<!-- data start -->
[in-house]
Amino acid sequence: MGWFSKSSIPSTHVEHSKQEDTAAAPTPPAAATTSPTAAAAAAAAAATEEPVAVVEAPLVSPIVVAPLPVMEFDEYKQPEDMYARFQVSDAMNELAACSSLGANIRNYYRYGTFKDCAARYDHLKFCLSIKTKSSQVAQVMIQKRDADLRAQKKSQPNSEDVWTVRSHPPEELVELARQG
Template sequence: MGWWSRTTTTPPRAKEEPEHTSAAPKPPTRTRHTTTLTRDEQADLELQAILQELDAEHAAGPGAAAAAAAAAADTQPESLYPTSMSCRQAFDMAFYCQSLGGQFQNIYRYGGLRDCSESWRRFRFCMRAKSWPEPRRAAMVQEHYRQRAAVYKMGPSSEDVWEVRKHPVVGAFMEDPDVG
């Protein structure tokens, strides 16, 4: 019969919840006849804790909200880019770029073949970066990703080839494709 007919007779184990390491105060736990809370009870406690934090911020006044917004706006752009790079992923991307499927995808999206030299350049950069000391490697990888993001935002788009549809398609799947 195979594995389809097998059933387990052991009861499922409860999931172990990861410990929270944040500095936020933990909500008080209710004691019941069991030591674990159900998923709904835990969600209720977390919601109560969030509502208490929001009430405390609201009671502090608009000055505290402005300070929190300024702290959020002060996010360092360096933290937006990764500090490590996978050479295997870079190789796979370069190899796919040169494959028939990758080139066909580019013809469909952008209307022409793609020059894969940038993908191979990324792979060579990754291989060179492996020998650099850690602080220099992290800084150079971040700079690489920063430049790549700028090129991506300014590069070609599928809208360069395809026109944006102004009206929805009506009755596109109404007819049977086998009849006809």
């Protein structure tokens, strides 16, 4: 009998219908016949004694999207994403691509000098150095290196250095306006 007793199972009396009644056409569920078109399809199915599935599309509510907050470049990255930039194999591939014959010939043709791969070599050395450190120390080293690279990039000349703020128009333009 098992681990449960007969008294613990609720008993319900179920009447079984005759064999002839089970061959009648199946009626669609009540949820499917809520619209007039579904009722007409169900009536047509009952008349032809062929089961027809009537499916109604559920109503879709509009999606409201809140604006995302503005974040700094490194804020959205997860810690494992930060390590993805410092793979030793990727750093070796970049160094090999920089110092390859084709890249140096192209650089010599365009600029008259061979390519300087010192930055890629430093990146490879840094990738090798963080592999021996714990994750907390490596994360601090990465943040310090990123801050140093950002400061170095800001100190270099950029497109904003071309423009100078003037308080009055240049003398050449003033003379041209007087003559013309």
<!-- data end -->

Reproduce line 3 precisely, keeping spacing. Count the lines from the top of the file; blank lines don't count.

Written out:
Template sequence: MGWWSRTTTTPPRAKEEPEHTSAAPKPPTRTRHTTTLTRDEQADLELQAILQELDAEHAAGPGAAAAAAAAAADTQPESLYPTSMSCRQAFDMAFYCQSLGGQFQNIYRYGGLRDCSESWRRFRFCMRAKSWPEPRRAAMVQEHYRQRAAVYKMGPSSEDVWEVRKHPVVGAFMEDPDVG